Now, there are a lot of messy details in this dispute. Williams did not used to have an Africana Studies program at all. It used to be called Afro-American Studies, which is, as Professor Joy James can explain better than I, not the same thing. I also do not know if the budget has doubled. But you can be sure that Professor James did not take a pay cut when she left her position at Brown to come to Williams. Tenured Ivy League professors do not come cheap, either in terms of the salary they merit or in terms of the resources they require. A glance at the program’s homepage demonstrates that some serious money is being spent.

But the central point is that just because you think that Williams should spend more money on X and less on Y does not necessarily imply that you think money being spent on Y is being wasted.

These were his words: “The fact that KC isn’t at Williams is one of the worst faculty outcomes of the last two decades. No worries, though. We have a new department of Africana Studies. Who needs ideological diversity among the faculty? That would be too confusing for the students!”

He is chastising the College for not hiring a Poli Sci prof. who, in his eyes, believes and teaches from a different point of view. I completely understand and see the merit in that.

Good! Perhaps Gonzalez and I are closer to agreement than he thinks we are. We both agree that Williams benefits from having great teachers like KC Johnson and Joy James. We both think that, in addition to their qualities as superb teachers and researchers, Johnson and James bring something else to the College. In other words, even if they taught, say, chemistry, Williams would be pleased to have Johnson and James. But the fact that Johnson has a unique ideological viewpoint and that James has an expertise in a specific academic discipline means that they are even more desirable than their “raw” teaching ability would suggest.

Fine. All is rosy. But does Gonzalez understand that resources are limited, that Williams can not hire 500 professors, that choices must be made?

Imagine that Morty announced tomorrow that he was doubling the size of the Classics Department, that he had hired away a famous professor from Yale, that two new assistant professor positions had been created and that several new visiting positions and a lecture series were being funded.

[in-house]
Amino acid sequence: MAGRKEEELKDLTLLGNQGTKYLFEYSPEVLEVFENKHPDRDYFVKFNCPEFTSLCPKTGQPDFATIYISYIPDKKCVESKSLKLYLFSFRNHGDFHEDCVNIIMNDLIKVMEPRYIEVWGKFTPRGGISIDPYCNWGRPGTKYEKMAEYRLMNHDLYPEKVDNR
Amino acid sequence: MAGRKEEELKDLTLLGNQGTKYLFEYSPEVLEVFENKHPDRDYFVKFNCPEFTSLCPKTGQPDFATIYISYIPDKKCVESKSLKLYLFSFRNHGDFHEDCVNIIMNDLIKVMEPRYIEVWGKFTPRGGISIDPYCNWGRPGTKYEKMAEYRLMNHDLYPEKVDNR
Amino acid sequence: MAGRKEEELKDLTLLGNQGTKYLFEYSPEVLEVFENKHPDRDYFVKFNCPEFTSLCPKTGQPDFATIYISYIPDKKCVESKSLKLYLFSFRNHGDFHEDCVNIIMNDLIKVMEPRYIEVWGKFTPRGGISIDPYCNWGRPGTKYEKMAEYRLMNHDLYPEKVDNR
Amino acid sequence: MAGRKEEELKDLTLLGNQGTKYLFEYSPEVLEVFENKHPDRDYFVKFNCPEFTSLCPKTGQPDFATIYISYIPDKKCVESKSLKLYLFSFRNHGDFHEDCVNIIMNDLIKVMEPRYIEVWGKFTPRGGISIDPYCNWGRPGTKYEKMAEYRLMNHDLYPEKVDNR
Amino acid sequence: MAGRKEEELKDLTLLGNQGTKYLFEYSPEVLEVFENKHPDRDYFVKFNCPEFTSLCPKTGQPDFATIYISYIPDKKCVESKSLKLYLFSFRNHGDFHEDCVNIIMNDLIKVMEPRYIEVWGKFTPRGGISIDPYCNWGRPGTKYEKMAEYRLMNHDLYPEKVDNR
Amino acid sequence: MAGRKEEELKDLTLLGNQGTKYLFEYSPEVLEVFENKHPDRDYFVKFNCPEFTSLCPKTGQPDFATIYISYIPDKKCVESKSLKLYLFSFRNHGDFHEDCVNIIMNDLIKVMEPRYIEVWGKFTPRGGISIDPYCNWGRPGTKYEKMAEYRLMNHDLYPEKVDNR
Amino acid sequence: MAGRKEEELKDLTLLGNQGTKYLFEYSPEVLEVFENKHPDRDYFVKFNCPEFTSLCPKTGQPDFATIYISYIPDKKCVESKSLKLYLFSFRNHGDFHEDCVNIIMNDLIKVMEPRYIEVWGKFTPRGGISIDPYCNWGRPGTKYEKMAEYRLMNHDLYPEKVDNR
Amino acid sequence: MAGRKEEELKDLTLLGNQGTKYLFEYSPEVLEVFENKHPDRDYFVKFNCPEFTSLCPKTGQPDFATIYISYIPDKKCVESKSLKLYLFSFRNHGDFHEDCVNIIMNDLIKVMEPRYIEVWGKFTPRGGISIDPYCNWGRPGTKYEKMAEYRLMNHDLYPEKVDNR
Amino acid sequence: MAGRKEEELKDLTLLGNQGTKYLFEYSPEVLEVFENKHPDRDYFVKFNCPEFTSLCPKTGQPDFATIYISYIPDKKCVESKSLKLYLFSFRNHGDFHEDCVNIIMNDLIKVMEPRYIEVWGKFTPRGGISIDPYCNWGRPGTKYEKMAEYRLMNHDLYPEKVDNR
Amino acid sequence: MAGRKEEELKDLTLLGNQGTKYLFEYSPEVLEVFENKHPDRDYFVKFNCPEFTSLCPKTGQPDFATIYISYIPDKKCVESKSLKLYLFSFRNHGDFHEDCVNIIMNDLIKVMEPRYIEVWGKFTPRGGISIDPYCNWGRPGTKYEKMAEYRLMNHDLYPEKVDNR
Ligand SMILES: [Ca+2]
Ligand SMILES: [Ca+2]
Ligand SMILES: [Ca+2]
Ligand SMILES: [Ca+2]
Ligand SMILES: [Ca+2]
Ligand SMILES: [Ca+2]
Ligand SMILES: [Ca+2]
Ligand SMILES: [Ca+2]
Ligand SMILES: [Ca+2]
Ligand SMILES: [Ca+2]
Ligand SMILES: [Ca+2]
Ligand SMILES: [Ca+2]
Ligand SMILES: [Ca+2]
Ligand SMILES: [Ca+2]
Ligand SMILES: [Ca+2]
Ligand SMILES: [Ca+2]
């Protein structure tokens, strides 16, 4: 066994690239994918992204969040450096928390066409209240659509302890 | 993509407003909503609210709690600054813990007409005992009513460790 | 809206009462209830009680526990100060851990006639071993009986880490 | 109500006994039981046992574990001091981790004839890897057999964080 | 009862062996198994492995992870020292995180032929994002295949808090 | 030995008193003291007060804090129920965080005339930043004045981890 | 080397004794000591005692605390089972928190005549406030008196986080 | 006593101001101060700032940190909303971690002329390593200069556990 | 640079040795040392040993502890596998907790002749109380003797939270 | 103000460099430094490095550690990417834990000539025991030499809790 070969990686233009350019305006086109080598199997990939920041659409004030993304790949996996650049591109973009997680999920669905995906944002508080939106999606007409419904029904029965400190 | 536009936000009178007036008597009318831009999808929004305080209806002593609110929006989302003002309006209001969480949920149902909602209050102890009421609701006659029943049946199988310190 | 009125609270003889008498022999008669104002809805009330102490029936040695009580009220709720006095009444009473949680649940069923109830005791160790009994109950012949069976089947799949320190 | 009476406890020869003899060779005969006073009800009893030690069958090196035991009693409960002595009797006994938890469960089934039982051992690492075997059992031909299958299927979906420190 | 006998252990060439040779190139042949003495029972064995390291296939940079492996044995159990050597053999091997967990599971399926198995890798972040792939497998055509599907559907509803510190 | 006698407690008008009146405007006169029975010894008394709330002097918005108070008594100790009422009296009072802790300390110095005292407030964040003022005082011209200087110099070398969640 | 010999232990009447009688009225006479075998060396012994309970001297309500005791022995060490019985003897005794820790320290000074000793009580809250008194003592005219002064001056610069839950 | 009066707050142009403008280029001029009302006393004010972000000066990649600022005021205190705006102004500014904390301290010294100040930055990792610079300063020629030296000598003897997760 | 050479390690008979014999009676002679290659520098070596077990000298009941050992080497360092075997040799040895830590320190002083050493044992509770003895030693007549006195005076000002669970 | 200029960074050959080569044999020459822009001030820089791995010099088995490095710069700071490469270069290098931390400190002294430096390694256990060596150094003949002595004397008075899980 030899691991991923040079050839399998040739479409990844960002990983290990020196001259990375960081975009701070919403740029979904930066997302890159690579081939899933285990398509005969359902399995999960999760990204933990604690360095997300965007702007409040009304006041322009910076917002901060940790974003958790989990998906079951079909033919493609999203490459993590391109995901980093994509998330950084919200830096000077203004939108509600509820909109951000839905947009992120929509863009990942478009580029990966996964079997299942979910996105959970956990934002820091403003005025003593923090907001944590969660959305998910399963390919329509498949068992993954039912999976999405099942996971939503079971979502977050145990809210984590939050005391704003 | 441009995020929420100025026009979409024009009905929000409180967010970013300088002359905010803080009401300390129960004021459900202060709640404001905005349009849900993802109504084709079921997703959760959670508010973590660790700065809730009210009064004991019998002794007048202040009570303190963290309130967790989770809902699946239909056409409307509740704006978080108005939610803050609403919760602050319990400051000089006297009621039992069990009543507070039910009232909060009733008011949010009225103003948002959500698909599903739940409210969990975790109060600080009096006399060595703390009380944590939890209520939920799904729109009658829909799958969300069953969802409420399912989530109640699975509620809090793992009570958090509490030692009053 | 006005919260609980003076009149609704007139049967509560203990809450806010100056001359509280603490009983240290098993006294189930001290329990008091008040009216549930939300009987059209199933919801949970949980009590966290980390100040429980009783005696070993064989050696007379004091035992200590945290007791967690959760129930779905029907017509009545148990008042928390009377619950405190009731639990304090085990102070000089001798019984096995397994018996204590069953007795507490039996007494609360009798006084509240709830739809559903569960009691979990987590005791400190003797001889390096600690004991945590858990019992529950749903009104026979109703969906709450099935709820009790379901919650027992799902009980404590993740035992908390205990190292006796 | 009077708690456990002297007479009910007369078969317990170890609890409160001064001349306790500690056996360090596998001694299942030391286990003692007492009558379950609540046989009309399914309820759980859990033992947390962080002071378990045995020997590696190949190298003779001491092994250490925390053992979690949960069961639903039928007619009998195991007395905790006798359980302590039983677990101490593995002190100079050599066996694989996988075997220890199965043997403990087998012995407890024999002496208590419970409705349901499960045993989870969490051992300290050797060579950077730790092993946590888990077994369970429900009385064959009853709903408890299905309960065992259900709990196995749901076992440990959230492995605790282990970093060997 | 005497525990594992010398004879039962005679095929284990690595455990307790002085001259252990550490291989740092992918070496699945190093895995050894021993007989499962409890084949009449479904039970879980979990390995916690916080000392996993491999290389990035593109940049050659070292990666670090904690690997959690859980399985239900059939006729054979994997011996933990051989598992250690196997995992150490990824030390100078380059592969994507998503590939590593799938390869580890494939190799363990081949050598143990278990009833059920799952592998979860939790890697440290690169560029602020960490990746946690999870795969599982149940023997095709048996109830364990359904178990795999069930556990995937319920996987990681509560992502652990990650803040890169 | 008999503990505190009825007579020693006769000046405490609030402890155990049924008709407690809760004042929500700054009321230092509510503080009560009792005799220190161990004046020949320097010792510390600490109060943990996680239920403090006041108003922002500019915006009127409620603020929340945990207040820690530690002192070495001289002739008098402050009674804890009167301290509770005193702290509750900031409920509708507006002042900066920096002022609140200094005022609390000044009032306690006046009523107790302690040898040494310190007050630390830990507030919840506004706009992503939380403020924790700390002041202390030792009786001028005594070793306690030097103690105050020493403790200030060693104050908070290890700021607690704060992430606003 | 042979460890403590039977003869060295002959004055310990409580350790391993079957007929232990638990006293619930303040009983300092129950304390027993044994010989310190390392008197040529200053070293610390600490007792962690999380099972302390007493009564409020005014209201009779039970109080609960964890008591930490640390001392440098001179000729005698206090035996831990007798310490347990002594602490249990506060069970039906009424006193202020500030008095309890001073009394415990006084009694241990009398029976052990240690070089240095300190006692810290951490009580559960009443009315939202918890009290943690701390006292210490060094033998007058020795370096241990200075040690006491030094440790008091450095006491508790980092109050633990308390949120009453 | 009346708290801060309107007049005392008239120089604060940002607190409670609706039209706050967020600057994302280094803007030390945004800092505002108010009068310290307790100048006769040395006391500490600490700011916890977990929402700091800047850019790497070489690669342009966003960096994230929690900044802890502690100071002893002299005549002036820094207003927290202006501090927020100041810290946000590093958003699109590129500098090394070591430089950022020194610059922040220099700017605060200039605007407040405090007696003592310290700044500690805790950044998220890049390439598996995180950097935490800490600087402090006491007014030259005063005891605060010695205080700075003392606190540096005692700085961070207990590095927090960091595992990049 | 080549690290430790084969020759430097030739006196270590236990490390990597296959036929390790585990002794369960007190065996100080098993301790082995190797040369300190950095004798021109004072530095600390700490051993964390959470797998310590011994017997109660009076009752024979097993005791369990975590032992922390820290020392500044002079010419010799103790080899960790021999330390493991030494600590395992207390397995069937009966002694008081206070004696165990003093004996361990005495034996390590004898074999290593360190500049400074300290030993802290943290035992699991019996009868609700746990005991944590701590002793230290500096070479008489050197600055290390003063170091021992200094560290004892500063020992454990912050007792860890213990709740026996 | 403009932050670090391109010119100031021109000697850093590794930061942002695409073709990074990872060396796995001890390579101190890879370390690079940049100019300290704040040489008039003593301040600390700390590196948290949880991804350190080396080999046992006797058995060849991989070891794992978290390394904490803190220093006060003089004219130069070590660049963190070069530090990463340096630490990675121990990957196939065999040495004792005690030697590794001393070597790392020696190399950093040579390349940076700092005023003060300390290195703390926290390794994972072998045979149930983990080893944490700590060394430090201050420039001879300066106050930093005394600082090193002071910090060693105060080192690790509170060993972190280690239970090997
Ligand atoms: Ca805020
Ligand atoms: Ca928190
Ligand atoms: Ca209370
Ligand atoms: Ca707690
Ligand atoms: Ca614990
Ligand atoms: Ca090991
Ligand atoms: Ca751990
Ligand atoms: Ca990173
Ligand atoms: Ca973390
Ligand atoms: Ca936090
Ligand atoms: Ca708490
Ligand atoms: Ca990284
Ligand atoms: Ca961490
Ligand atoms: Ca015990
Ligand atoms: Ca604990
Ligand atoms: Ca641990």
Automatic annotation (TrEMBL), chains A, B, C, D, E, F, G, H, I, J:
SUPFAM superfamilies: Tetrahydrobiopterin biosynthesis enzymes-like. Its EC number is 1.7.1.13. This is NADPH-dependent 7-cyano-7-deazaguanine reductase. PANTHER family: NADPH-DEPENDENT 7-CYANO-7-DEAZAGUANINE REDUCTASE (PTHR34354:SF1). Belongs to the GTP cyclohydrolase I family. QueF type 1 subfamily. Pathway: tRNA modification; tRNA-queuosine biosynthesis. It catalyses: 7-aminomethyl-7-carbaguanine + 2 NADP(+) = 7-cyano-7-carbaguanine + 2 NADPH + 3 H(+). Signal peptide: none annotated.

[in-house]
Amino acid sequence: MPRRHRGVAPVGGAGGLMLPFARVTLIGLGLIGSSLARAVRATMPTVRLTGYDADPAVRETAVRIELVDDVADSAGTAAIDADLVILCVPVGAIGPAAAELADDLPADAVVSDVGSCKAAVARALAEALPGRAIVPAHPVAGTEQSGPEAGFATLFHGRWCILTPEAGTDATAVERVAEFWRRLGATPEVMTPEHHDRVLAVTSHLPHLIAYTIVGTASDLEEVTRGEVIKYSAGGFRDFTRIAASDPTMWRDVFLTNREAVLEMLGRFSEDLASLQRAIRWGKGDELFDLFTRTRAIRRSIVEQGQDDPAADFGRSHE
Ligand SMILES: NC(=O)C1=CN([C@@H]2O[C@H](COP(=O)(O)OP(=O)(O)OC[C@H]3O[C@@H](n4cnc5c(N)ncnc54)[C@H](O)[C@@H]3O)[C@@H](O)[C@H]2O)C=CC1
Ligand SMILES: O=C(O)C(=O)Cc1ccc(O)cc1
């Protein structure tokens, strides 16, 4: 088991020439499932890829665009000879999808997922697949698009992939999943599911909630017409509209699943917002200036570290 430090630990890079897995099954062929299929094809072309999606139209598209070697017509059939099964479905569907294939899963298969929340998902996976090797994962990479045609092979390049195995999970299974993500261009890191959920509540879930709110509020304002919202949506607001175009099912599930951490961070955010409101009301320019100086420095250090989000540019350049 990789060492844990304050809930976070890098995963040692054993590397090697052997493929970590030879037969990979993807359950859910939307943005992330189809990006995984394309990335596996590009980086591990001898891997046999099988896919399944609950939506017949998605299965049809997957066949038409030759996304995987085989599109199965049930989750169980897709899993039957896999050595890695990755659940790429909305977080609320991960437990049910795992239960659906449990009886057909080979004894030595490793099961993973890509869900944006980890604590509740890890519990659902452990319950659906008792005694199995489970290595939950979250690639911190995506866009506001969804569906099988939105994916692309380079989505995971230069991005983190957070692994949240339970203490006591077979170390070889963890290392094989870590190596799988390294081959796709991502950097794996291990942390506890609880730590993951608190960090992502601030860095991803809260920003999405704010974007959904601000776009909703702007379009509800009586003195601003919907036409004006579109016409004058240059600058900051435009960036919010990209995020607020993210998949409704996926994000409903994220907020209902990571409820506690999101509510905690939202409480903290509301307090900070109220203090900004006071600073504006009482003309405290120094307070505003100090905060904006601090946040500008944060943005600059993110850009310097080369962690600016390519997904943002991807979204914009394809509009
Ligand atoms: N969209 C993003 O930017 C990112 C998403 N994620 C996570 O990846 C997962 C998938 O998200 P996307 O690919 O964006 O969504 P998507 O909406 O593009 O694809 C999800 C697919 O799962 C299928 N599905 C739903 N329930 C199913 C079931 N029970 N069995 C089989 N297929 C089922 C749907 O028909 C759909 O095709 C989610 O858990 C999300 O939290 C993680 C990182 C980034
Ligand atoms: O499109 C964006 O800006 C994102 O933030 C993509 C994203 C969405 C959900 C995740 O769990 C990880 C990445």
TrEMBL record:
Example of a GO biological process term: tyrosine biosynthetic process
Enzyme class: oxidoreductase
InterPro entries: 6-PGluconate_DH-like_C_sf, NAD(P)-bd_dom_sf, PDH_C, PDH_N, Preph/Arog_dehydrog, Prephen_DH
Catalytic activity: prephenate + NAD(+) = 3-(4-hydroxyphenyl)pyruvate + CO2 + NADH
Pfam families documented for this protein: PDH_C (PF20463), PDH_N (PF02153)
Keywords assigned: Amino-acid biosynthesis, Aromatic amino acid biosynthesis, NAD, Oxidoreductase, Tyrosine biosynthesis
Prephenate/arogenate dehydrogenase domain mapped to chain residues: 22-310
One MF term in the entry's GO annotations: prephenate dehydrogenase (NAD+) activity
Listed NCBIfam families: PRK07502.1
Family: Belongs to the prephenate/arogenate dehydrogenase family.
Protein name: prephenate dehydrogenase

Who could be against such wonderfulness? Could Gonzalez be so anti-Grecian (?) that he would deny the value of studying Greek literature? Is he so anti-Roman in his thinking that he might fail to see the value to Williams of more classes in Classics? I hope not!

Instead, I hope Gonzalez would see, not just the wonderfulness of the new additions, but also what those resources might have gone to instead. I hope that he would be aware of both what is seen and what is not seen.

At that point, we can have a conversation about the costs and benefits of the different ways that Williams can spend its money. There are benefits to doubling the size of Africana Studies. But are the marginal benefits of doing so — given that Williams already had a fine program with dedicated teachers — greater than the marginal benefits of adding the first contingent of non-liberal faculty? I don’t think so.

In the same thread, Daniel Blinder writes:

I do agree that more professors with viewpoints not conforming to the liberal norm would be good to have. I don’t consider myself conservative, but I’m also less liberal than a lot of people here.

Andrew Wang agrees:

Africana Studies is fine, but at the same time, the vast majority of faculty teaching in such fields are liberal and left-leaning. As an individual who does not always subscribe to the prevailing wisdom of liberal academia, I would find it refreshing to bring in experienced, well-respected, and skilled faculty who were NOT always left of center.

Agreed. On the margin, the thing that Williams needs most is ideological diversity among the faculty, i.e., a few conservatives/Republicans/libertarians.

However, my problem with his statement is how he discounts the entire Africana Studies program, and implies that its mission, purpose, and existence pale in comparison to that of one allegedly unique prof.

This is not what I believe. In fact, I expect to become more of a Joy James fan over time. I hear, from students, that she is a demanding professor who requires her students to think clearly and work hard. That’s my kind of Williams professor! The Williams professors/programs which I hold in contempt are the ones that do not require serious work from their students. Science gut courses for non-majors are the worst examples.

What angers is me is how Kane frequently, as Andrew W. said, “would rather see us return to the good ol’ days when we studied the works of “dead white men” to the exclusion of everything else.”

Life is short so I don’t expect Gonzalez to read what I write. But he shouldn’t pretend to know what I think if he isn’t going to take the time to find out. If students prefer Frantz Fanon to The Federalist Papers, if they would rather read Rigoberta Mench� than Plato, then more power to them. I may, on occasion, mock students for making these choices, but I will always defend their right to make them. The College should teach the courses and topics that students want to take (chosen from the universe of serious academic fields) and not the courses and topics that I (or Aston or the faculty) want students to take.

Indeed, this desire to respond to student preferences is one of the reasons that I do not like small, specially focused departments like Africana Studies. Better, I think, would be for these professors to be housed in large departments so that it would be easier to shift them around as student interests change. But this is a side issue to those raised by Gonzalez.